We noted yesterday the Treasury’s weak auction, but this chart from Waverly Advisors puts yesterday’s sell-off in the 10-year into perspective.
Meanwhile, Mike O’Rourke of BTIG has some excellent thoughts on what it means that of late, the US government is now paying more for debt that blue-chip names like Warren Buffett:
In his note this morning, Gross listed the three criteria necessary for a nation to navigate the “structural headwinds” facing global markets today. When speaking specifically about the United States, he stated “But remember – my three conditions just suggest that a country can get out of a debt crisis by creating more debt – they don’t assert that the bonds will be a good investment.” He followed with “U.S. bonds may simply be a ‘less poor’ choice of alternatives.” From an outsider’s perspective, that might be interpreted as bearish a statement on Treasuries as one can expect from the largest bond investor in the world. We also believe that Gross does not love stocks so much, but just that he is bearish on bonds. Gross did spell it out, “Rates face a future bear market as central banks eventually normalize QE policies and 0% yields if global reflation is successful.”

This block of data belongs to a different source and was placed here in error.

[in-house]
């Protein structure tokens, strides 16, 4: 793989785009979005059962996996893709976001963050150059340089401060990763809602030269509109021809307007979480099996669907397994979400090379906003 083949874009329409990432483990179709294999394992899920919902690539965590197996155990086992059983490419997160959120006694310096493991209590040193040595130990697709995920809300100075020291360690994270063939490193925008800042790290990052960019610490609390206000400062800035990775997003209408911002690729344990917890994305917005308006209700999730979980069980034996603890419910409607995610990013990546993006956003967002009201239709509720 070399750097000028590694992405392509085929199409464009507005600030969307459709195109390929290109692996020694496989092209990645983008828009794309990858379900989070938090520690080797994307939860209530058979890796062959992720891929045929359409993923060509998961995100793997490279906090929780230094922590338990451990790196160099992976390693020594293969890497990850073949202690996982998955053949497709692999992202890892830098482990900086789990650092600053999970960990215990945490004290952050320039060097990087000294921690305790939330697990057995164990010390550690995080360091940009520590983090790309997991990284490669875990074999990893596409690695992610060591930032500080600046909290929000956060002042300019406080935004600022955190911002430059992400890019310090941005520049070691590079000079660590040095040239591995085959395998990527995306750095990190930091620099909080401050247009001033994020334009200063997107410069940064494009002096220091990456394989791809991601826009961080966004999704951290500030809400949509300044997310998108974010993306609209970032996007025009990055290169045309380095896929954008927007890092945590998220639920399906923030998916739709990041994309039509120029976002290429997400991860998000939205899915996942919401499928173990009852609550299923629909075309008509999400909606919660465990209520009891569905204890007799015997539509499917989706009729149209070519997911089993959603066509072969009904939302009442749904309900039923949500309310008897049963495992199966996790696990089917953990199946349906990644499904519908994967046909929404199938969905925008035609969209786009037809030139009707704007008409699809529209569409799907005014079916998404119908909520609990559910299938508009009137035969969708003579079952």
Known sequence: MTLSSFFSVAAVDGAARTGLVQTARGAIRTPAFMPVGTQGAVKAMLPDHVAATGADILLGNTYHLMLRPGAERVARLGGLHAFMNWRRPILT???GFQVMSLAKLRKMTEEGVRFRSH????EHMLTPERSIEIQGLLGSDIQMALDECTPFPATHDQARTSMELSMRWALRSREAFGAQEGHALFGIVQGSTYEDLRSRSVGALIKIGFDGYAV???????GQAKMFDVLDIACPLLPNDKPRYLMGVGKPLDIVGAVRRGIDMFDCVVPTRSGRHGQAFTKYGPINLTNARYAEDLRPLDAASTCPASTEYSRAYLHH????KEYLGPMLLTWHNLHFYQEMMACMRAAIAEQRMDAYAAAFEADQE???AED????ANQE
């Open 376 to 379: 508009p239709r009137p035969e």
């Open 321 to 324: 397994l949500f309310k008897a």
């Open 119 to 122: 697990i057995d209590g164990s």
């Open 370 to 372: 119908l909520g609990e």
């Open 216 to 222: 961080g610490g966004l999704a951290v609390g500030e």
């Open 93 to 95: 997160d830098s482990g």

There is heightened investor uncertainty about the inversion of the 10 year swap spread. Unchartered territory puts investors on edge. In the near term, it has been attributed to hedgers using treasuries for all of the corporate issuances coming to market. We have also noted the strong demand for corporate paper has helped to push those yields down. Longer term, Pimco’s “Unicredit Bond Market” will likely be with us for some time. The good thing is this is not a total surprise, at least it wasn’t to Gross.
We interpret these events as one of an increased belief in the recovery. For over a year, we have argued that Large Cap Corporate America was the healthiest and most liquid area of the economy, superior to the Government or Consumers. As belief in the recovery increases, the flight to quality bid in Treasuries slowly diminishes and Pimco’s “Unicredit” world emerges. Investors have every reason to have more confidence in a Warren Buffett or a Steve Ballmer. All of this being said, in order for the bond bear market to emerge and the rise in rates to be sustainable, the economic data needs to be there, or that flight to quality bid will re-emerge.